When tourists trek between Papuan villages, distant drumbeats are often heard—a long-distance audible cue for the next villagers to prepare their wares ready for sale, items to be strewn along a well-trodden path. Most likely there will be a few gourds on display but beware of new versus used. A timely tip: If the gourd has a burnt tip, it’s a sure sign some warrior wore it while sitting close to the campfire one chilly evening during a heated discussion when a half-coconut shell filled with potent homebrew was passed around and long tales of elongated, curly gourds were told.
Most tourists, especially male penis-gourd-souvenir-seeking adventure trekkers, don’t leave Papua without visiting one of the many tribal curio shops where exotic and curvaceous gourds are usually on display. Naturally, these shops feature dozens of penis gourds that could satisfy tempting visions of wild, inebriated masculine cosplay back home or at least a quick thrill in the mirror. Gourds of all sizes, shapes, curvatures and weird configurations to satisfy just about any proclivity are available but please don’t ask for a fitting room.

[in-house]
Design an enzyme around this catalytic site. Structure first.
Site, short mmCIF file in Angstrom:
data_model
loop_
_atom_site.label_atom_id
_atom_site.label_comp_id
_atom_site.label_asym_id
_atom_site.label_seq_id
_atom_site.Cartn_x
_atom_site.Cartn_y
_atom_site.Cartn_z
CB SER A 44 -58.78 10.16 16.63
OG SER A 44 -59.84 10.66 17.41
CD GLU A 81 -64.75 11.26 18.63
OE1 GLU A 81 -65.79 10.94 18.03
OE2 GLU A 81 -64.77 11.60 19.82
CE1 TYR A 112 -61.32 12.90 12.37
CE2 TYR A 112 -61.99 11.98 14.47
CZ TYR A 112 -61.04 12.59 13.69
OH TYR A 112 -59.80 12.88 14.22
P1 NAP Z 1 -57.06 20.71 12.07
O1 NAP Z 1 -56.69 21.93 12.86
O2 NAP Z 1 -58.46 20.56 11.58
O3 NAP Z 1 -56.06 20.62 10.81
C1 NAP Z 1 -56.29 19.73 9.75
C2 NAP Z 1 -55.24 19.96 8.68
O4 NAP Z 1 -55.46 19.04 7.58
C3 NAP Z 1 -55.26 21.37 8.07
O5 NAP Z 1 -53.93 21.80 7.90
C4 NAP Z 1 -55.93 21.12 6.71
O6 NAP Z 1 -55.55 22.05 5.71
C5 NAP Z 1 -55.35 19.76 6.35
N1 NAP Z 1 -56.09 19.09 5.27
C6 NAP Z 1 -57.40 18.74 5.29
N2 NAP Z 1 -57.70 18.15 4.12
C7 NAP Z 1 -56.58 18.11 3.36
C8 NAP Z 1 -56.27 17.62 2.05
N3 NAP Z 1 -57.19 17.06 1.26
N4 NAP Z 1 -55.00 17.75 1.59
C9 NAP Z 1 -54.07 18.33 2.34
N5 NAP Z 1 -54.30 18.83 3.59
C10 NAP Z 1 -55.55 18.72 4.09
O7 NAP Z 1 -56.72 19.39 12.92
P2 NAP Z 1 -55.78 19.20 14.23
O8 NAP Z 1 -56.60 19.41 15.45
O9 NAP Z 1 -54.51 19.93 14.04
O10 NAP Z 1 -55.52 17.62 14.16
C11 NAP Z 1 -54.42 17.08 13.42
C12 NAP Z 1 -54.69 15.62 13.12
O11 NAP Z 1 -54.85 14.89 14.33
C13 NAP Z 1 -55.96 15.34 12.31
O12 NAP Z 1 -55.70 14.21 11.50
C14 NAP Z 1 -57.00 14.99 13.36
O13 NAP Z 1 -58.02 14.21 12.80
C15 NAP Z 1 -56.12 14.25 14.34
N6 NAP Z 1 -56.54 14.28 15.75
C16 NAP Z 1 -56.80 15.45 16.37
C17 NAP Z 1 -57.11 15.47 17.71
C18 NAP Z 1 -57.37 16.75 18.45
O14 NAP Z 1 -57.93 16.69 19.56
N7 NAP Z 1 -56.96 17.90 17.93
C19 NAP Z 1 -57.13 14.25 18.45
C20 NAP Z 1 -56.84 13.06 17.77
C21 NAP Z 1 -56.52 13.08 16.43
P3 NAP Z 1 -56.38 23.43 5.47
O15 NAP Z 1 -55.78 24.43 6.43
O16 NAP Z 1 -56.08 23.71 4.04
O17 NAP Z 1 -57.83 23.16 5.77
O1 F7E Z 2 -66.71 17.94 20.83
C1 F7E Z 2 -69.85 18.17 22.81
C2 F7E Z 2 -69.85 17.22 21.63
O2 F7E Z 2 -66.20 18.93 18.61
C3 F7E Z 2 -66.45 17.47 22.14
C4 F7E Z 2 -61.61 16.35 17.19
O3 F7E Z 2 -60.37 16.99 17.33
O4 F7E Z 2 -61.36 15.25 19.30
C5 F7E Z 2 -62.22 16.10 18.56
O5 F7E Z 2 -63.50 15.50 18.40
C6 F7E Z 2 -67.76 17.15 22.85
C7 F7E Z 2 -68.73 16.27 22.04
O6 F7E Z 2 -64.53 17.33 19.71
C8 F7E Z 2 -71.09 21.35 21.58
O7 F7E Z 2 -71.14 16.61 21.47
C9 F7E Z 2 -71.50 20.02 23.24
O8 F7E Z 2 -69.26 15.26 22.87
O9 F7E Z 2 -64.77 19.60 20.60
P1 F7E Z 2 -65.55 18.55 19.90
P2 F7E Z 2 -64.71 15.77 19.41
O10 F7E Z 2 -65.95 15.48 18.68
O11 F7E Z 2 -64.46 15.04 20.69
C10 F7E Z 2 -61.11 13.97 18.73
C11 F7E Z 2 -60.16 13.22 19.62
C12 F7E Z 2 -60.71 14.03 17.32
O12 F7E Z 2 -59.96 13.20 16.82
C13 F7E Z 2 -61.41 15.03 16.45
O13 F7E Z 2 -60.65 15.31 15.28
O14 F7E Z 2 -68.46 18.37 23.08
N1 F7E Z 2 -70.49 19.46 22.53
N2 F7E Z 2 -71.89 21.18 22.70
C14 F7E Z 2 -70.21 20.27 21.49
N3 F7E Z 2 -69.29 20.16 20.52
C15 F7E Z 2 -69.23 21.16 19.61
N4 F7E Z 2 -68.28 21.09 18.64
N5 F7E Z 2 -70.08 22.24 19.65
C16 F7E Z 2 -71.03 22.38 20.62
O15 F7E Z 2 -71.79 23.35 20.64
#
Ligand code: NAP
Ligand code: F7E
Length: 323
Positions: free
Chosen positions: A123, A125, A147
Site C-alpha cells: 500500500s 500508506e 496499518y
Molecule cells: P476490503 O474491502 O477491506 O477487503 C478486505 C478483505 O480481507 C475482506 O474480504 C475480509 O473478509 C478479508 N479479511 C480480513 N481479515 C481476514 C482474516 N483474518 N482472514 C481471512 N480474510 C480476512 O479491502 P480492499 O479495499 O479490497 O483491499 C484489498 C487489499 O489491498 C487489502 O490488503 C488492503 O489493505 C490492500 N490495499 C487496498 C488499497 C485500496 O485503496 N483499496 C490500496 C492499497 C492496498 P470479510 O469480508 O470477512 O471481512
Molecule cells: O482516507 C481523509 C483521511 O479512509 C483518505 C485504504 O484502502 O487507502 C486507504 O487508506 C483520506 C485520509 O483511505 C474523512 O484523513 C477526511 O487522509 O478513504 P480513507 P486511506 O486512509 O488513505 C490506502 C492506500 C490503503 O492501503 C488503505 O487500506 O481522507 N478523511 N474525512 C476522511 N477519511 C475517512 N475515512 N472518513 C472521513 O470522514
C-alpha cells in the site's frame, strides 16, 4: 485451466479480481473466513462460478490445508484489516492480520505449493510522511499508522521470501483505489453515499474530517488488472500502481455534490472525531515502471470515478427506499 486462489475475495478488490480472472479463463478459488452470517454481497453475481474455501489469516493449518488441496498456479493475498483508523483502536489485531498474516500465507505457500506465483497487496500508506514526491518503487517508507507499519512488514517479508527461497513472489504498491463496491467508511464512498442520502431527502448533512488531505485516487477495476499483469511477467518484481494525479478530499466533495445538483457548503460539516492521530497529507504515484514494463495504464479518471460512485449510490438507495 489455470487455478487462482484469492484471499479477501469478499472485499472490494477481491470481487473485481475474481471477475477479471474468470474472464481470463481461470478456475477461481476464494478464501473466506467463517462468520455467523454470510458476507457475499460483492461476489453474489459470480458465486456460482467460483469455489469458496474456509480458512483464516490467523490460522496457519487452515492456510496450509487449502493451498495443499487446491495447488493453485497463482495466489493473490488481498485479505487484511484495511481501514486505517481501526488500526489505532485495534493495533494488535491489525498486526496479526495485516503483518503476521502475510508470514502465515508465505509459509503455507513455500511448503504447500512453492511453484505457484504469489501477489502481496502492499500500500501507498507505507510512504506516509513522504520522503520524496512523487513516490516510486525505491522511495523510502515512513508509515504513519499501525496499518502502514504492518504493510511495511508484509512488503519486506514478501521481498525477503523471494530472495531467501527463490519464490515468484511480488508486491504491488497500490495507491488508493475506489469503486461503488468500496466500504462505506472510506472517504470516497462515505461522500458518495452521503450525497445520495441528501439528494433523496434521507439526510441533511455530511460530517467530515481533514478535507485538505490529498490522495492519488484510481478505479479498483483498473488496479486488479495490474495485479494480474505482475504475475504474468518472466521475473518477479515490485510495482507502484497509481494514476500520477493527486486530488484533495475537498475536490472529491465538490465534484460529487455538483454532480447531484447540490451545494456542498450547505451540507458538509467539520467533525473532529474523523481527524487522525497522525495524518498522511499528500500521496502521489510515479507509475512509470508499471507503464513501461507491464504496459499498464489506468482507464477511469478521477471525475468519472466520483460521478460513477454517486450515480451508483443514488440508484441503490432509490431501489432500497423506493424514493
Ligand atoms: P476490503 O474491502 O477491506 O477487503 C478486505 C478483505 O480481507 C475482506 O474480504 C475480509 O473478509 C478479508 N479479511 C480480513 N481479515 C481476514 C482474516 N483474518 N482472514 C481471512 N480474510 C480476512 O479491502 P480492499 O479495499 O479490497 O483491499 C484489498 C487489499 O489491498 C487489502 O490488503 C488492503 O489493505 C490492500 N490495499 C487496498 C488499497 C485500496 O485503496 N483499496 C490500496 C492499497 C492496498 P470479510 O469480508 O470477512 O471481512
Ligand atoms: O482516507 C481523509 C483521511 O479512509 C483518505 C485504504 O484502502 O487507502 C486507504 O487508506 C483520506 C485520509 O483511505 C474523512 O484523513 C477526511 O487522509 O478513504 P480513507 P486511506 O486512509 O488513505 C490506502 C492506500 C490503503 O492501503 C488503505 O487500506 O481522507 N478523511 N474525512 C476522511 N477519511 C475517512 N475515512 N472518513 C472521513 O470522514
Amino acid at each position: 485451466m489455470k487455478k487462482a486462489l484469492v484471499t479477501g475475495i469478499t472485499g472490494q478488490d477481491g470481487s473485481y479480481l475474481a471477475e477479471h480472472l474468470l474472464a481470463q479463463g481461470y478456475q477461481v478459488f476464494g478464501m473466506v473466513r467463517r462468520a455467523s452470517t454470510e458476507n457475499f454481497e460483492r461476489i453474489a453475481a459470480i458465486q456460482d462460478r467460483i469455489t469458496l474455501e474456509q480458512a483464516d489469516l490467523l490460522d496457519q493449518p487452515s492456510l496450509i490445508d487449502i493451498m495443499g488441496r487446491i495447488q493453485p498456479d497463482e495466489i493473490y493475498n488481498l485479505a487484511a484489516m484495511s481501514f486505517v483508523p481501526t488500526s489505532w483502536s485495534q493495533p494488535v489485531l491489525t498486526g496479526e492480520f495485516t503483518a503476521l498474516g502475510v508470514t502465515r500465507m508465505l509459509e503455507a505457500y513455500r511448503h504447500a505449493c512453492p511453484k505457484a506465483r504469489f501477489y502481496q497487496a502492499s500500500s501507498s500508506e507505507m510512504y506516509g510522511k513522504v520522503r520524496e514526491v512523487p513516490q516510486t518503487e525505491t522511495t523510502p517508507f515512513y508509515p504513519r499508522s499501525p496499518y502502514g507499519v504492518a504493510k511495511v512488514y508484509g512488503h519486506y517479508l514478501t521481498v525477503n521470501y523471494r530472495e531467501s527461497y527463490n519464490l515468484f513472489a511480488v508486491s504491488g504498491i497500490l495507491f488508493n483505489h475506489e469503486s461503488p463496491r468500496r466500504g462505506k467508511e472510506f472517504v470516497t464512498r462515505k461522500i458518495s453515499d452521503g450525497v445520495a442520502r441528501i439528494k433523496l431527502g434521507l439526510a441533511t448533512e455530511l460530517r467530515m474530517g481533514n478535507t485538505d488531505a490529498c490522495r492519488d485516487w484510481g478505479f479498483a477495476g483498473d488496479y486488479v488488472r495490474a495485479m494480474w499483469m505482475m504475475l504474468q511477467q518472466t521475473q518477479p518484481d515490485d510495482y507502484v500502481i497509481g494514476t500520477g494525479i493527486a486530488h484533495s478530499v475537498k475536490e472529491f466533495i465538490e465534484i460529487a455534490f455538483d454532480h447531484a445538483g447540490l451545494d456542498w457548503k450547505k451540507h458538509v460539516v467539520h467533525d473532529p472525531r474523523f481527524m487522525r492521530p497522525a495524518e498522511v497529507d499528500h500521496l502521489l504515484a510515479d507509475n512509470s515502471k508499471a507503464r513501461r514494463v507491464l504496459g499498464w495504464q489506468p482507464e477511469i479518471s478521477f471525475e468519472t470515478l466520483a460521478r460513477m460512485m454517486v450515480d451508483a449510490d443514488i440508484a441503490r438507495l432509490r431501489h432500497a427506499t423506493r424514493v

During my trek I spotted this old tribal codger who wore a rather limp gourd and didn’t seem to be a happy camper.
Perhaps his mood is indicative of many fiercely testosteronic former tribal warriors in the Baliem Valley, who one day discover they can no longer get their gourds up.
PS: Rest assured that I laugh not about the traditional mores of this unique culure—only at myself and the cultural hangups of many modern Western societies. Let us celebrate the marvelous cultural differences found across the globe.